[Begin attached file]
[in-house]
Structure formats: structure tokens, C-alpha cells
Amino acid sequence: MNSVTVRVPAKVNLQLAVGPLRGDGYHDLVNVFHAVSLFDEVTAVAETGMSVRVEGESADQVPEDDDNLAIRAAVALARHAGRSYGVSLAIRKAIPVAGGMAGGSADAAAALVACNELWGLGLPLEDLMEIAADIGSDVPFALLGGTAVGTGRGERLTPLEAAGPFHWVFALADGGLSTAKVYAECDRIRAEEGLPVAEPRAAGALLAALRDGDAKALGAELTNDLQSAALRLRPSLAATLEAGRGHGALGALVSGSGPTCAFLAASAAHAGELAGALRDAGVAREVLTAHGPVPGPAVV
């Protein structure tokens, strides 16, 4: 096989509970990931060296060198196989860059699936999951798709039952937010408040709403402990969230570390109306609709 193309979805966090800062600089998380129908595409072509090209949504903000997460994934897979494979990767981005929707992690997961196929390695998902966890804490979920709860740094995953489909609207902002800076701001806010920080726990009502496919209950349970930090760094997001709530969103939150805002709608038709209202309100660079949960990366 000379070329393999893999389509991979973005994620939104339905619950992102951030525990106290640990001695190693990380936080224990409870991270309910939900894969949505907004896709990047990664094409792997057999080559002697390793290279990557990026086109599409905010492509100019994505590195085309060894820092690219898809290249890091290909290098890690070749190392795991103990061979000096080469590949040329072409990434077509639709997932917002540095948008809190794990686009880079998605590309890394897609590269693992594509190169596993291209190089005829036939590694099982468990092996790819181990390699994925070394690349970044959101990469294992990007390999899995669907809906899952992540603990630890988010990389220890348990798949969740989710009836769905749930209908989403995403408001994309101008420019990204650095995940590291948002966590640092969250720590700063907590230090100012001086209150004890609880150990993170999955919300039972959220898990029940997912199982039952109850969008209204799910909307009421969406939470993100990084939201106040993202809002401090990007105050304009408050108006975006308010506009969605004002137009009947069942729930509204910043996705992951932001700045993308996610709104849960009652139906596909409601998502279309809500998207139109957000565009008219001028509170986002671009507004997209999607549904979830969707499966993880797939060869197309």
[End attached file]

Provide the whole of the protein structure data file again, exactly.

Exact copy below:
[in-house]
Structure formats: structure tokens, C-alpha cells
Amino acid sequence: MNSVTVRVPAKVNLQLAVGPLRGDGYHDLVNVFHAVSLFDEVTAVAETGMSVRVEGESADQVPEDDDNLAIRAAVALARHAGRSYGVSLAIRKAIPVAGGMAGGSADAAAALVACNELWGLGLPLEDLMEIAADIGSDVPFALLGGTAVGTGRGERLTPLEAAGPFHWVFALADGGLSTAKVYAECDRIRAEEGLPVAEPRAAGALLAALRDGDAKALGAELTNDLQSAALRLRPSLAATLEAGRGHGALGALVSGSGPTCAFLAASAAHAGELAGALRDAGVAREVLTAHGPVPGPAVV
């Protein structure tokens, strides 16, 4: 096989509970990931060296060198196989860059699936999951798709039952937010408040709403402990969230570390109306609709 193309979805966090800062600089998380129908595409072509090209949504903000997460994934897979494979990767981005929707992690997961196929390695998902966890804490979920709860740094995953489909609207902002800076701001806010920080726990009502496919209950349970930090760094997001709530969103939150805002709608038709209202309100660079949960990366 000379070329393999893999389509991979973005994620939104339905619950992102951030525990106290640990001695190693990380936080224990409870991270309910939900894969949505907004896709990047990664094409792997057999080559002697390793290279990557990026086109599409905010492509100019994505590195085309060894820092690219898809290249890091290909290098890690070749190392795991103990061979000096080469590949040329072409990434077509639709997932917002540095948008809190794990686009880079998605590309890394897609590269693992594509190169596993291209190089005829036939590694099982468990092996790819181990390699994925070394690349970044959101990469294992990007390999899995669907809906899952992540603990630890988010990389220890348990798949969740989710009836769905749930209908989403995403408001994309101008420019990204650095995940590291948002966590640092969250720590700063907590230090100012001086209150004890609880150990993170999955919300039972959220898990029940997912199982039952109850969008209204799910909307009421969406939470993100990084939201106040993202809002401090990007105050304009408050108006975006308010506009969605004002137009009947069942729930509204910043996705992951932001700045993308996610709104849960009652139906596909409601998502279309809500998207139109957000565009008219001028509170986002671009507004997209999607549904979830969707499966993880797939060869197309």